House Bill 2002 – With recent attention on racial profiling by law enforcement across the country, House Bill 2002 ensures that Oregon’s public safety system is held accountable by directing law enforcement agencies to adopt written policies and procedures prohibiting profiling. No one should be criminalized simply because of their race, sexual orientation, or gender. This bill resonates with me because of an instance of racial profiling that happened in winter of 2014 to one of my former students. This event shook our community and greatly affected me. This bill is a step toward the goal of better treatment for everyone. House Bill 2002 will establish a precedent that Oregon and its citizens do not support profiling of any kind, This bill will start to process to allow all community members to feel more secure moving within their neighborhood without being targeted.

House Bill 2680 and House Bill 2655 – As someone who was in the classroom for 42 years, I understand the role that standardized tests play in the classroom, and in identifying student learning gaps. However, I have heard time and time again from parents and teachers that a one-size-fits-all approach to testing like the Smarter Balanced test does not provide an accurate assessment of a child’s achievement, nor does it provide sufficient information for student teacher or school performance ratings I agree, and I also agree with the parent advocates who believe they should be able to make the choice about whether or not their student should take high-stakes standardized tests. That is why I introduced House Bill 2680 and co-sponsored House Bill 2655, two great bills relating to standardized testing that passed and became law this session. I am in favor of assessment that furthers the learning process, skill development, and growth of the student.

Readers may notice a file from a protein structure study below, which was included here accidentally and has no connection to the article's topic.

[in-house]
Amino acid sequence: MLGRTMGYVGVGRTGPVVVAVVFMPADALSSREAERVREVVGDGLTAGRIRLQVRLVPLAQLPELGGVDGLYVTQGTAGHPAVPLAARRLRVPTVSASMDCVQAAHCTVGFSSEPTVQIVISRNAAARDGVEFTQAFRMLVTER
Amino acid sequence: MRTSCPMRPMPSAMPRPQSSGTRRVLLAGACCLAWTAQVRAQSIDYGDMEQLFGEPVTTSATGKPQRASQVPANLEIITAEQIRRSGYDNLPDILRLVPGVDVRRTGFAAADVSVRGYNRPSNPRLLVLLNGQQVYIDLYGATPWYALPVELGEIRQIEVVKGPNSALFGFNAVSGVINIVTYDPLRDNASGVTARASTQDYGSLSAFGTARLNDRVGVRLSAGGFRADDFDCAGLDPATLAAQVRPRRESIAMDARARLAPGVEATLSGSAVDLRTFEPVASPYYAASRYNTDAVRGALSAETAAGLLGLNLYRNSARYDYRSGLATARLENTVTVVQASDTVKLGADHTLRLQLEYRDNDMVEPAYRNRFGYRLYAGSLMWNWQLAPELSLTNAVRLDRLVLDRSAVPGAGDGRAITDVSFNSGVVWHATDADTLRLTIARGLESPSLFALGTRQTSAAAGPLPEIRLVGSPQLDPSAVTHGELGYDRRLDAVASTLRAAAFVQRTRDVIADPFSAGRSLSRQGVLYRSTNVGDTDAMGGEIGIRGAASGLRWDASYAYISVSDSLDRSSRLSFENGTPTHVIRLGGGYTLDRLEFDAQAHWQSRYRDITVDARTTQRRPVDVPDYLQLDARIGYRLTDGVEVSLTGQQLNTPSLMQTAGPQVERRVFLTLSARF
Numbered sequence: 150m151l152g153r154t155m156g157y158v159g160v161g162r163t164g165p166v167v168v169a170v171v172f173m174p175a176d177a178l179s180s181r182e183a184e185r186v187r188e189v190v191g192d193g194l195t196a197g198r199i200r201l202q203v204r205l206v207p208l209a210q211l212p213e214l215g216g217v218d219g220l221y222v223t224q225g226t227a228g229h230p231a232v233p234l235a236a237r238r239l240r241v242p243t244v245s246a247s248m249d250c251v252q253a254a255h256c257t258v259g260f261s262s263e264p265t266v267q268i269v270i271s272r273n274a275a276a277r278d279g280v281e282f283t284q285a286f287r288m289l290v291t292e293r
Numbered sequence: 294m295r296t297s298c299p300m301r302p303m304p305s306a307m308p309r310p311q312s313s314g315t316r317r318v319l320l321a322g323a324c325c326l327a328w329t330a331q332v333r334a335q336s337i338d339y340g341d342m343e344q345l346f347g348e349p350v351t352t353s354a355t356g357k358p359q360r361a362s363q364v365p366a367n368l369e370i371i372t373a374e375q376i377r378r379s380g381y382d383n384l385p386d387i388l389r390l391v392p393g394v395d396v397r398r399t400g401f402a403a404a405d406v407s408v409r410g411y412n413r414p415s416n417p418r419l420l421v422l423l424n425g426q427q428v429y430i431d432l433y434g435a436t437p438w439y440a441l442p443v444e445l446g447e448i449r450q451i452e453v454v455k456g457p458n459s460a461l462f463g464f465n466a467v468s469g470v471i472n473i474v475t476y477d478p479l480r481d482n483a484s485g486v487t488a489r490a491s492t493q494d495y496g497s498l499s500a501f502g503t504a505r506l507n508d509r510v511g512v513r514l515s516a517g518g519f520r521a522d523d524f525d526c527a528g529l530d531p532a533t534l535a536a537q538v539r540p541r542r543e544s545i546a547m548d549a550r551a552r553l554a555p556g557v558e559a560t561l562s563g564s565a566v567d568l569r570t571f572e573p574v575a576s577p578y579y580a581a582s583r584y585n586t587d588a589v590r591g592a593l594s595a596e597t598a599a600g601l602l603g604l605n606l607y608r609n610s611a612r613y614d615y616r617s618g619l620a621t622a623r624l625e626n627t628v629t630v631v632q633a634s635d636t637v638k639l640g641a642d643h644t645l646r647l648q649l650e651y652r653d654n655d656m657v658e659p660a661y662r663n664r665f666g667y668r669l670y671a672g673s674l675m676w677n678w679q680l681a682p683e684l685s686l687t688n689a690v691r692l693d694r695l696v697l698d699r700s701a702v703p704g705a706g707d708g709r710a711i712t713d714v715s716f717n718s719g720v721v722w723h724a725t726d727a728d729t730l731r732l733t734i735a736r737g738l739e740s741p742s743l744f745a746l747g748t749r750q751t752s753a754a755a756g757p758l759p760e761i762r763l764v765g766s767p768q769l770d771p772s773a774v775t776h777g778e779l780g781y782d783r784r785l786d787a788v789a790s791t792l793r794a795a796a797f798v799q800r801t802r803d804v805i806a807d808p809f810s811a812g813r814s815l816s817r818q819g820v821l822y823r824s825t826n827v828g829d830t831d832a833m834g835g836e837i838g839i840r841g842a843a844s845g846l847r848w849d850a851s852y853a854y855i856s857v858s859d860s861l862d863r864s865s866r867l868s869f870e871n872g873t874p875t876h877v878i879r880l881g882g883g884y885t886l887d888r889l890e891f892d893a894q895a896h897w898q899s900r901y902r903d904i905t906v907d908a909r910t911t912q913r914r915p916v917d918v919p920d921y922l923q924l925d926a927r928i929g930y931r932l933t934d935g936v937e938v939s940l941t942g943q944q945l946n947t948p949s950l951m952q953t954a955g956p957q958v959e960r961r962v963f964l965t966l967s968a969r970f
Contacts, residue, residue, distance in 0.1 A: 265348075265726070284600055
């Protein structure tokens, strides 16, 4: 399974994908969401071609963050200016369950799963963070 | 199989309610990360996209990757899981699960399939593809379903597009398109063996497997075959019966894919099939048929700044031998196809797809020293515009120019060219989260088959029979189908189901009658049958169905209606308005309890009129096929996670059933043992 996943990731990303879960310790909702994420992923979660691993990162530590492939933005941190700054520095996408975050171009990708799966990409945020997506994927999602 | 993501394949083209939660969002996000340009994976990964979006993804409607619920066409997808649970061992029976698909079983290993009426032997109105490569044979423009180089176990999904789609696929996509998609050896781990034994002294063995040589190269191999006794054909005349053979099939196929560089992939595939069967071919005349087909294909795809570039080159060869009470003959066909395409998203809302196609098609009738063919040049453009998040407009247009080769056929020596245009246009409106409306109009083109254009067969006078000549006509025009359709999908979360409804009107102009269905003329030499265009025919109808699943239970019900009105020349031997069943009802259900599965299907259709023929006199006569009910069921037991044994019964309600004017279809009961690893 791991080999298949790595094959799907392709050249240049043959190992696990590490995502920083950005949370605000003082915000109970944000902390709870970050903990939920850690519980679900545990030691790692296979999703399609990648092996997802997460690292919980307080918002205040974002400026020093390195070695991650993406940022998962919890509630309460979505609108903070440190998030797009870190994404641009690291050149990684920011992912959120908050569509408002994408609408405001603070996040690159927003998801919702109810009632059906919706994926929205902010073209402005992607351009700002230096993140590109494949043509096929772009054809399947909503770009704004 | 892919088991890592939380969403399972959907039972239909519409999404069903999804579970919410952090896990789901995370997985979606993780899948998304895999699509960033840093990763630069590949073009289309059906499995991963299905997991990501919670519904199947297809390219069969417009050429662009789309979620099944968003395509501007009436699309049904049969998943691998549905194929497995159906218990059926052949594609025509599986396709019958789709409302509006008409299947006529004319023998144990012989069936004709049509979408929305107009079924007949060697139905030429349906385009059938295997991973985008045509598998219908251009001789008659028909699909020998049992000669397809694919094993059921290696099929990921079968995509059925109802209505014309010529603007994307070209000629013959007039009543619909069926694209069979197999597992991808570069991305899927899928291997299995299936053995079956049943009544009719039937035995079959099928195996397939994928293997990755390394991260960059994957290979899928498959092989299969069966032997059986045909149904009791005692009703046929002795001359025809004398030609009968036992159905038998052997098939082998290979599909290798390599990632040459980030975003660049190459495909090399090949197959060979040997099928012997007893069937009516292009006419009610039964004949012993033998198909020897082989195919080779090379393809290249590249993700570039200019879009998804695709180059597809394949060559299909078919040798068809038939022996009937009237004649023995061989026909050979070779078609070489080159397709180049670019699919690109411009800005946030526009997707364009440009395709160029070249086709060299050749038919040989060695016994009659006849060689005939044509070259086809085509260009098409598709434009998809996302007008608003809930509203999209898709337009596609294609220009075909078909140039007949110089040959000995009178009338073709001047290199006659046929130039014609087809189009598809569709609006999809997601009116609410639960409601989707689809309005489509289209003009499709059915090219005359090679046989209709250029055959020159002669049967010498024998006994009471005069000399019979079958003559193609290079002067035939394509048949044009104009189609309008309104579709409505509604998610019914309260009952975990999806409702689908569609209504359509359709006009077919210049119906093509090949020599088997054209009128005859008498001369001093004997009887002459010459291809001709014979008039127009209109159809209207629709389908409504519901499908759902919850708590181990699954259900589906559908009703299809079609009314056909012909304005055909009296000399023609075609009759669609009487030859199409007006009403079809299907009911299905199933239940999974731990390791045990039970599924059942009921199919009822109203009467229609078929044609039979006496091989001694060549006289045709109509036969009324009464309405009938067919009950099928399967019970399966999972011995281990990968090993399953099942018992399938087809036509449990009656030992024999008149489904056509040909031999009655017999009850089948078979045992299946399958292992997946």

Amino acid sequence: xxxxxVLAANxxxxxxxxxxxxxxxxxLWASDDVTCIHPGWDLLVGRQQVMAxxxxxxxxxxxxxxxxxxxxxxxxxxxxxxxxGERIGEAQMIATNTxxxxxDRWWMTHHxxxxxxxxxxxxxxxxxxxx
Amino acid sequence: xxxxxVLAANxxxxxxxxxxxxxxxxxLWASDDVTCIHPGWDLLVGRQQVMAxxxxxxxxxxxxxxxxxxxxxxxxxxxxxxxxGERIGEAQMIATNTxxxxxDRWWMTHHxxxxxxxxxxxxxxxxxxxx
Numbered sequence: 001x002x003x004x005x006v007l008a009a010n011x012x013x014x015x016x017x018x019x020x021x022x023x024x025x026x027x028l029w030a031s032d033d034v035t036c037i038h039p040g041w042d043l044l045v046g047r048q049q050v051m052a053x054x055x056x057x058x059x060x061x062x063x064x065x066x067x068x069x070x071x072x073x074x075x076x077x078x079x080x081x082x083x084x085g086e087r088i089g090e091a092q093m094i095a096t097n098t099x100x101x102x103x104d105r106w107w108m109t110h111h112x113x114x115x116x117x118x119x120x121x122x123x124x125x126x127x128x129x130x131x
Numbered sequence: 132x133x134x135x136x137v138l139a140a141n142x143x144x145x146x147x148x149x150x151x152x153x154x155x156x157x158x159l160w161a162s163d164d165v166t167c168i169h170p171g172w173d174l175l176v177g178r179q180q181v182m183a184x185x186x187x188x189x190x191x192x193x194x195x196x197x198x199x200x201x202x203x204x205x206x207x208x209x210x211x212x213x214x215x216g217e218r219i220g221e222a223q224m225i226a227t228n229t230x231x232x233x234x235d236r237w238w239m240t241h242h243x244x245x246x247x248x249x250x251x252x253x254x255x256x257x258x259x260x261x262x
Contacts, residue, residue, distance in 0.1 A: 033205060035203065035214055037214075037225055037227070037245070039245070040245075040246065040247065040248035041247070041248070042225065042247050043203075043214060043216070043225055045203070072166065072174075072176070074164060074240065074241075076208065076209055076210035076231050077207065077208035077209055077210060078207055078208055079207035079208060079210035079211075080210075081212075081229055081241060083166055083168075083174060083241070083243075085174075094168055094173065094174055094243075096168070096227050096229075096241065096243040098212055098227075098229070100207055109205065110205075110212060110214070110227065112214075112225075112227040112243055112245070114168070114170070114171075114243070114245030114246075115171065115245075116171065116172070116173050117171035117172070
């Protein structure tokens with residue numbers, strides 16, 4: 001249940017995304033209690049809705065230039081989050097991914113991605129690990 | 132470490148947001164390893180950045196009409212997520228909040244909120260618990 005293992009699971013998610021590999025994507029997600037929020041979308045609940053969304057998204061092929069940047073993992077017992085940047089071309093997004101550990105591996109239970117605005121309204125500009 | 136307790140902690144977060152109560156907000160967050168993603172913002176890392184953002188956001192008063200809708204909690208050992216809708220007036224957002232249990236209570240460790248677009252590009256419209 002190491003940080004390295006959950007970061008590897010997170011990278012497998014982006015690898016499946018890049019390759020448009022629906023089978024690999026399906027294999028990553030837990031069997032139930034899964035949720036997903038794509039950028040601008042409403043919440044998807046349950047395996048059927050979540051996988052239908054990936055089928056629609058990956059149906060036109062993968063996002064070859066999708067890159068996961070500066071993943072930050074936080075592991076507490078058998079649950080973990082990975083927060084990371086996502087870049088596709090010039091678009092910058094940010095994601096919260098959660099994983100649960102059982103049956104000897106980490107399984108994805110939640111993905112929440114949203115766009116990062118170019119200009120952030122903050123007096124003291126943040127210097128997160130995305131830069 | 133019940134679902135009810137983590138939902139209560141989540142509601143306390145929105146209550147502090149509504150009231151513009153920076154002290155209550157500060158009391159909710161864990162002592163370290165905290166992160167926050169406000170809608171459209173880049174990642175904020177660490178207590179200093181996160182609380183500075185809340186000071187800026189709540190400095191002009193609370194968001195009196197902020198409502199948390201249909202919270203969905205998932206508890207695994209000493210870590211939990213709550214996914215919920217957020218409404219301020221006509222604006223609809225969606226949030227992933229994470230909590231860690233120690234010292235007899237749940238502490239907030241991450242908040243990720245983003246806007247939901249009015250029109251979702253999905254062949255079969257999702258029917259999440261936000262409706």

House Bill 2928 – Another issue facing our education system is growing class sizes. According to the latest available statistics, Oregon has the 3rd largest class sizes in the nation. Studies have shown that heaving too many students in a classroom is detrimental to student learning. The last meaningful review of class size conducted in Oregon was completed in 2011, and was largely based on older data from other states. If we want to come close to reaching the 40-40-20 goals by 2025, we need to start addressing the individual needs of teachers and students in the classroom. Which why I introduced House Bill 2928, which establishes a Task Force on class sizes. The Task Force will be directed to conduct both grade-level and classroom-type specific research to take into account a variety of factors affecting optimal class size. The Task Force will work alongside the Quality Education Model to determine the components of a quality education and then estimate the cost of those components. This bill will provide updated information and look at new factors that impact classroom learning such as development patterns and the use of technology in the classroom. The point of this bill is not only to give power back to the teachers and school administrators to better address the individual circumstances of their school’s immediate and long term needs, but to provide them with updated information to back up their decisions.